“When we first moved in, we were just going to do exactly what Richard (Meacock) and Martin had done: live upstairs, retail downstairs. But the more we lived in the space, the more we felt really drawn to living in that sort of cohesive historic home,” Jill Livingston said. “The front room has a beautiful view of the garden, and we spend a lot of time around our dining room table, so it felt right for us.”

Retail is located in three rooms, and all of the items sold embody the store’s mission of “artful and sustainable outdoor living,” said Jill Livingston, who has worked in garden and floral design, education and retail for more than 20 years. Workshops and classes will be held in the back room, which doubles as a potting studio.

Yoga classes are held in the garden on the fourth Sunday of every month, and the couple plans to begin offering up the space for private dinners, bridal luncheons and other events.

Eventually, the Livingstons would like to build a glass house in the shop’s “sunken garden” for more events and additional retail, she said.

“We want another way to draw people out into the garden, because part of what really fuels this is this whole idea of it being a gathering space,” she said. “That’s why the yoga, the classes, the dinners. We want to demonstrate to people what all you can do in your outdoor space.”

The couple also hopes to begin offering picnic fare to cyclists, boaters, motorcyclists and hikers. “People are moving,” she said. “They don’t necessarily want to stop and sit down, but they do want to have something, especially in the summer, that is fresh and delicious and something portable.”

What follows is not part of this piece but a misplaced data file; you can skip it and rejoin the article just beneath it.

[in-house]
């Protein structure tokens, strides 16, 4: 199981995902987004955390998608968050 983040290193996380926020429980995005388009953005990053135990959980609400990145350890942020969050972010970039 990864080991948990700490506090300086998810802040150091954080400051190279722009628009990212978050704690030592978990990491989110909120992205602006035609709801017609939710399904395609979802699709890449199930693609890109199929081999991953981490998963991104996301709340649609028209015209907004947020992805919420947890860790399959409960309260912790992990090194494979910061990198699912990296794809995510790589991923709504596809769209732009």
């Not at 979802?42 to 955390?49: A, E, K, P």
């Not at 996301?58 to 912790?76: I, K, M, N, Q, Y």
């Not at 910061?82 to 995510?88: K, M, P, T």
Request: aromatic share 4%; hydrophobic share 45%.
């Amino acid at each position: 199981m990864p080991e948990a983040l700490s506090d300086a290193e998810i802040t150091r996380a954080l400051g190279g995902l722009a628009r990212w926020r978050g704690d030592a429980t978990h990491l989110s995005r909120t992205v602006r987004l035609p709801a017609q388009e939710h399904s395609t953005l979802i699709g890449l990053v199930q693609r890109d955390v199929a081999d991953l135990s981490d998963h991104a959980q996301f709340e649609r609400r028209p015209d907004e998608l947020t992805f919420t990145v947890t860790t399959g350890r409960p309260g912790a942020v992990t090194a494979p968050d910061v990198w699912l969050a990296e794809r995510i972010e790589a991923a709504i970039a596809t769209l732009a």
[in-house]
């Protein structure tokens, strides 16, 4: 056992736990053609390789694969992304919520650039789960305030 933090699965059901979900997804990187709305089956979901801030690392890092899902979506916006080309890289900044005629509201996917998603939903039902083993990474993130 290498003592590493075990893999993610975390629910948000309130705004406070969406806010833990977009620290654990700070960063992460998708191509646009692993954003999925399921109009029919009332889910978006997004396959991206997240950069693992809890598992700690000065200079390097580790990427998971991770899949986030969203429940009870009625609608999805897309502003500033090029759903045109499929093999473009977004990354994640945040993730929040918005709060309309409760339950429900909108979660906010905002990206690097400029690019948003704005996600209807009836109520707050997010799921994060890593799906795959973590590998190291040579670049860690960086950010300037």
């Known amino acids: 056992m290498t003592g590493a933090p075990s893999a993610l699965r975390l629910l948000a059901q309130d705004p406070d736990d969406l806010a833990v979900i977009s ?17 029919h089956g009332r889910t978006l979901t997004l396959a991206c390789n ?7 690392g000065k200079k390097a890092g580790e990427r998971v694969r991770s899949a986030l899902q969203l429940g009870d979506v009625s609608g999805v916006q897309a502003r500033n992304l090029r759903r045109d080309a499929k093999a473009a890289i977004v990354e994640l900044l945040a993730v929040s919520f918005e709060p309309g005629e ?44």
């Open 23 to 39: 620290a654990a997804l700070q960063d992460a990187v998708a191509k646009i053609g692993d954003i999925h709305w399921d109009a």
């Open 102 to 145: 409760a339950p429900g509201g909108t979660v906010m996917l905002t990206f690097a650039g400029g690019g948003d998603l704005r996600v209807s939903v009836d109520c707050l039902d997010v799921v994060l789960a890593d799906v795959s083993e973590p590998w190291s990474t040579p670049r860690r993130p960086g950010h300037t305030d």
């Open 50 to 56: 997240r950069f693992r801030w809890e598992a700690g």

The Livingstons said they are encouraged by the “welcoming reception” they have received.

“I just feel like we walked into a place that really lives old-town values, but in a way that’s becoming modernized,” Jill Livingston said. “I don’t know if ‘zeitgeist’ is the right term … there’s definitely an alignment of values and an alignment of aesthetic that is happening here for a lot of people, and that’s been really positive.”


Man standing outside a bar.
Nick Morrison at the former Lerk’s Bar in Afton on Thursday, July 21, 2022. Morrison has purchased the bar, vacant since 2005, and plans to build an addition to the building and open a restaurant. (Scott Takushi / Pioneer Press)

Originally from London, England, Nick Morrison moved to Minnesota with his family when he was 16. After graduating from the University of Minnesota, he worked for the luxury-hotel brand Viceroy, which took him to Los Angeles; Aspen, Colo.; and Nantucket, Mass. While living on Nantucket, he started his career in real estate. After moving back to Minnesota in 2018, he started working as a Realtor for Bridge Realty in Bloomington.

Morrison, an avid skier, said he discovered Lerk’s during trips to and from Afton Alps. He purchased the building in April.

“I remember driving into town and seeing the building, and my first thought was, ‘Why is this not what it was?’ ” he said. “It’s such a great little Victorian village — I just fell in love with it, really, with those beautiful mature trees, lovely main street, the park, the ice cream shop, the decor shop, the little inn, and I just thought, ‘Oh, there are so many incredible things,’ but then smack in the middle of that is this abandoned building, basically, and I thought, ‘Well, that doesn’t seem right.’ ”

Morrison, 38, plans to open a restaurant in the space next year. The name has yet to be determined, but he says it will be a nod to the town’s founding or have a connection to the St. Croix River Valley.

“I want it to feel like it has always been there, like it had never gone away, and that it had been a continuous operation from the early days of the town’s founding,” he said.

He said Lind, the previous owner, preferred that he not keep the name “Lerk’s,” which was named for her father, Harold “Lerk” Lind, whose nickname meant “onion” in Swedish.